Add Family Time to the Agenda

Ways to help your attendees have a “bleisure” getaway without distracting from your meeting’s goals.

Don’t know if you’ve heard, but it’s been a rough couple of years for most of us — so chances are, your attendees need a vacation.

That’s not what your meeting is for, of course. But after two years of curtailed leisure, can you blame people for wanting to tack a vacation onto your event? In fact, 89% of global business travelers say they want to add a vacation to their business trips sometime in 2022.

In an environment where people might be gun-shy about going to an out-of-town meeting, making your event conducive to “bleisure” — a combination of business and leisure — could be the deciding factor for whether your attendees register. You don’t have to create an event that specifically caters to plus-ones in order to plan a meeting that lets your attendees enjoy time with their loved ones in addition to your normal programming. Whether you want to incorporate date-night or kid-friendly activities into your meeting or just want to make it easier for attendees to plan a vacation around your event, here’s some tips on making it happen.

If you want to support family time outside of your meeting:

Schedule accordingly. Your meeting’s purpose comes first, but just as you schedule time for attendees’ leisure, you can accommodate time for attendees to be with their people. Consider capping meeting times earlier than you would normally, allowing a more generous lunch hour, and using flexible programming.

Find the right time slot. Look for other events in your destination that appeal to visitors. Festivals, concerts, community events, even street carnivals or other child-friendly programming — lean on what your counterparts in recreational events are planning, and let that guide the timing of your meeting. Then publicize that timing “coincidence” so your attendees know what’s available to them.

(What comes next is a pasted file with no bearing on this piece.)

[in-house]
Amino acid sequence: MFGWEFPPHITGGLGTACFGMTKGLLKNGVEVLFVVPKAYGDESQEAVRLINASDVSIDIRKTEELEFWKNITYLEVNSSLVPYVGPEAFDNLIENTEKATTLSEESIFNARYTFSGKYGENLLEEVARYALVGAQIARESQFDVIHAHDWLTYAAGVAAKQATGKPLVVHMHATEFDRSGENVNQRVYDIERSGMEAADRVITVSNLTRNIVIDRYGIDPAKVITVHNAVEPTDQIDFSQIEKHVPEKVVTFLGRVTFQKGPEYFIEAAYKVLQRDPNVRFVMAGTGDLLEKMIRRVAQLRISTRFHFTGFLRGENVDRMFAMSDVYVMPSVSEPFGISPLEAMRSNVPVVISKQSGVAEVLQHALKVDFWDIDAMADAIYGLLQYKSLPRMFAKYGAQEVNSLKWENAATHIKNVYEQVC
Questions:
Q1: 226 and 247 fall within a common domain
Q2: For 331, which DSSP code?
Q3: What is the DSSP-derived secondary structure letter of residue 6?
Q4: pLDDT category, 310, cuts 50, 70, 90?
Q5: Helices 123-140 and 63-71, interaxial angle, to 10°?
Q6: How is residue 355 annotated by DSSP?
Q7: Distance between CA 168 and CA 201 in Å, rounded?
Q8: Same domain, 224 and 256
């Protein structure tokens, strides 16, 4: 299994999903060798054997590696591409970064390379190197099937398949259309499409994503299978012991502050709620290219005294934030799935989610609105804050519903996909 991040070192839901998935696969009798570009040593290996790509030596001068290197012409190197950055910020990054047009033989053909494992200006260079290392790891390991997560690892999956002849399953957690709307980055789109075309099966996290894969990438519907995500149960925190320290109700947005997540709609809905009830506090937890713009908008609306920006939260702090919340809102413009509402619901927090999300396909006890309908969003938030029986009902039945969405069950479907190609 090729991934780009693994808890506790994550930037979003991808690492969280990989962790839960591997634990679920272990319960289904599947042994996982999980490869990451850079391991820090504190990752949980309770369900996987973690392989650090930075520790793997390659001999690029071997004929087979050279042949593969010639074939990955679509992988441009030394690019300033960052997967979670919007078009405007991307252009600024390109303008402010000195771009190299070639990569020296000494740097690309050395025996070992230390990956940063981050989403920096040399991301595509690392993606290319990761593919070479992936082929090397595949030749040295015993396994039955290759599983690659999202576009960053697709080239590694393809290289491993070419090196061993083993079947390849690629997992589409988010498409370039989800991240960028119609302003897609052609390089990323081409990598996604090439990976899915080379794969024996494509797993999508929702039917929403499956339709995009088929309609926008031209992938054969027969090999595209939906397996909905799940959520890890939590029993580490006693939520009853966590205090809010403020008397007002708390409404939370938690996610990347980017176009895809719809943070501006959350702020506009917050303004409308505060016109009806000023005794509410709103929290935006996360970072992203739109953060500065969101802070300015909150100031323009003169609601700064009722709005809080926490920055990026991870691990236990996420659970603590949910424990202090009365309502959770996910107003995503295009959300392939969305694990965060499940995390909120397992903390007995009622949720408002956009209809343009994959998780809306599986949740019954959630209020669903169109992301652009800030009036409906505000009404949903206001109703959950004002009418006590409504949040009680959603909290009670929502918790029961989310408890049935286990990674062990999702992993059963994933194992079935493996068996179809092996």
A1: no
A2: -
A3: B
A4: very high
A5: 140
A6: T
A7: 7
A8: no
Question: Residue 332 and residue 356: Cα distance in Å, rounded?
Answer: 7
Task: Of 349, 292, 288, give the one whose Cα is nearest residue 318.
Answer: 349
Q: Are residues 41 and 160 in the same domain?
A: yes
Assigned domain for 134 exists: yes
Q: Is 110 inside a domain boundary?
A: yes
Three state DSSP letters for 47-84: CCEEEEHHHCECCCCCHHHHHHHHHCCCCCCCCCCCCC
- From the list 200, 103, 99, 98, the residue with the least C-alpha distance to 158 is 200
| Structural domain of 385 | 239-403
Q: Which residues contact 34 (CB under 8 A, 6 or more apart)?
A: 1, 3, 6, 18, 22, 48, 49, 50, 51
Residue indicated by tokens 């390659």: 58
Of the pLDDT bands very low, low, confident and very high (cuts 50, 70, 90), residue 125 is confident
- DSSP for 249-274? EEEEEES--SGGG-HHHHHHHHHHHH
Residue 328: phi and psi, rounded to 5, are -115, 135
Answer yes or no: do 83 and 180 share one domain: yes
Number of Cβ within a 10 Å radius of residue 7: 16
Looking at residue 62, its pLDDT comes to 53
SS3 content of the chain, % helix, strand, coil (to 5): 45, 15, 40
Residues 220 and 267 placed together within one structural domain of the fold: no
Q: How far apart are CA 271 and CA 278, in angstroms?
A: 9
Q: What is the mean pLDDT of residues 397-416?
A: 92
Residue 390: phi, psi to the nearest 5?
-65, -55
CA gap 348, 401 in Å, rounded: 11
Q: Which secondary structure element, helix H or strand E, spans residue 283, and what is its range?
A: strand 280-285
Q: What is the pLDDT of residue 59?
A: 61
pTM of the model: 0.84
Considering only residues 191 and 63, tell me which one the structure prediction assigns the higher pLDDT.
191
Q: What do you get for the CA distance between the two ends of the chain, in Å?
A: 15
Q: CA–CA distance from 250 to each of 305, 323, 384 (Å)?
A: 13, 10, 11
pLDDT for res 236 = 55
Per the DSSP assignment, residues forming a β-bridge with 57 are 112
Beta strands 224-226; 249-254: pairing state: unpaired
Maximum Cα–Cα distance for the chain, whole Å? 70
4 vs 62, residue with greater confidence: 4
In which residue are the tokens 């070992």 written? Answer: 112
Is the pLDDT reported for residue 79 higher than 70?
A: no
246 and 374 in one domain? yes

Promote nearby attractions. Just as you’d let attendees know about local restaurants and experiences in advance of your meeting, fill them in on things spouses and partners might appreciate. For example, you might not usually promote a restaurant known for its romantic setting to attendees of a business conference, but framing it as a date night for spouses and partners shows you’re thinking about your attendees’ needs holistically.

Know your venue. When sending an RFP, note that you want to accommodate people who aren’t there solely for the main event. Your hotel liaison can fill you in on attractions such as spas, pools, dining, and other draws that might lure attendees to bring a guest.

If you incorporate guests into your meeting:

State when it’s OK—or even preferred—to bring guests to sessions. If your meeting is explicitly geared toward building community, including among plus-ones, indicate in your materials which sessions are designed to further that goal. Similarly, if you have sessions meant to help spouses and partners better understand the field or industry the registered attendees are in, be clear about what those sessions will entail. And if a session isn’t appropriate for guests — say, it covers confidential information or is a networking period strictly for registered attendees — state that too. (All of this goes double if children are in the picture.)

Make it hands-on. Screen-printing workshops, a cooking or mixology lesson, a paint-and-sip session — all of these give guests something to do with others who aren’t attending the main programming. For people who want to get to know other plus-ones, it sets the stage to help them make deeper connections. And it’s a way for introverted partners to be involved in activities without forcing them into a situation that’s uncomfortable for them.

Use inclusive language. Avoid making assumptions about the gender of your attendees’ guests, or about anyone’s marital status. Stick with catchall terms such as “plus-one,” “partner,” and “guest.”

Make child care accessible. Having on-site child care is a huge draw to parents. Partnering with organizations such as Corporate Kids Events, Plus One Meetings, Destination Sitters, or other providers versed in event child care can streamline your involvement. Consider at least providing a supervised activity timed to a networking session. While parents are meeting their peers, younger children can watch a kids’ movie and teens and tweens can do an on-site scavenger hunt. After all, it’s not just the main attendees who need a break from the young ones—you’ll score big points by giving all parents a night off.